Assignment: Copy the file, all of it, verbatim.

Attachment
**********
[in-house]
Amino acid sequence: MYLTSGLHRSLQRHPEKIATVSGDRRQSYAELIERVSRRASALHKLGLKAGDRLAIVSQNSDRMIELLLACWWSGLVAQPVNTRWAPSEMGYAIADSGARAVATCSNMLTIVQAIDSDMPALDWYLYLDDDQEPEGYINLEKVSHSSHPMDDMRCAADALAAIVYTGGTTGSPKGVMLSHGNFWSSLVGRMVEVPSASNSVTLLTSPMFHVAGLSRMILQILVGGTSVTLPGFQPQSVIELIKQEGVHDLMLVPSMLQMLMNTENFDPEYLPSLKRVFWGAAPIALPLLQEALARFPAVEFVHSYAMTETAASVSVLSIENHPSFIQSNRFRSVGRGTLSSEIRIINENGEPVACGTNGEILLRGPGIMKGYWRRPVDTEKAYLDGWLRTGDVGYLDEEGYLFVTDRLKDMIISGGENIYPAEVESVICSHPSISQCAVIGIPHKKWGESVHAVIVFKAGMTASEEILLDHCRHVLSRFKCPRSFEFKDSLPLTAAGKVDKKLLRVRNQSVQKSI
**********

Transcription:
[in-house]
Amino acid sequence: MYLTSGLHRSLQRHPEKIATVSGDRRQSYAELIERVSRRASALHKLGLKAGDRLAIVSQNSDRMIELLLACWWSGLVAQPVNTRWAPSEMGYAIADSGARAVATCSNMLTIVQAIDSDMPALDWYLYLDDDQEPEGYINLEKVSHSSHPMDDMRCAADALAAIVYTGGTTGSPKGVMLSHGNFWSSLVGRMVEVPSASNSVTLLTSPMFHVAGLSRMILQILVGGTSVTLPGFQPQSVIELIKQEGVHDLMLVPSMLQMLMNTENFDPEYLPSLKRVFWGAAPIALPLLQEALARFPAVEFVHSYAMTETAASVSVLSIENHPSFIQSNRFRSVGRGTLSSEIRIINENGEPVACGTNGEILLRGPGIMKGYWRRPVDTEKAYLDGWLRTGDVGYLDEEGYLFVTDRLKDMIISGGENIYPAEVESVICSHPSISQCAVIGIPHKKWGESVHAVIVFKAGMTASEEILLDHCRHVLSRFKCPRSFEFKDSLPLTAAGKVDKKLLRVRNQSVQKSI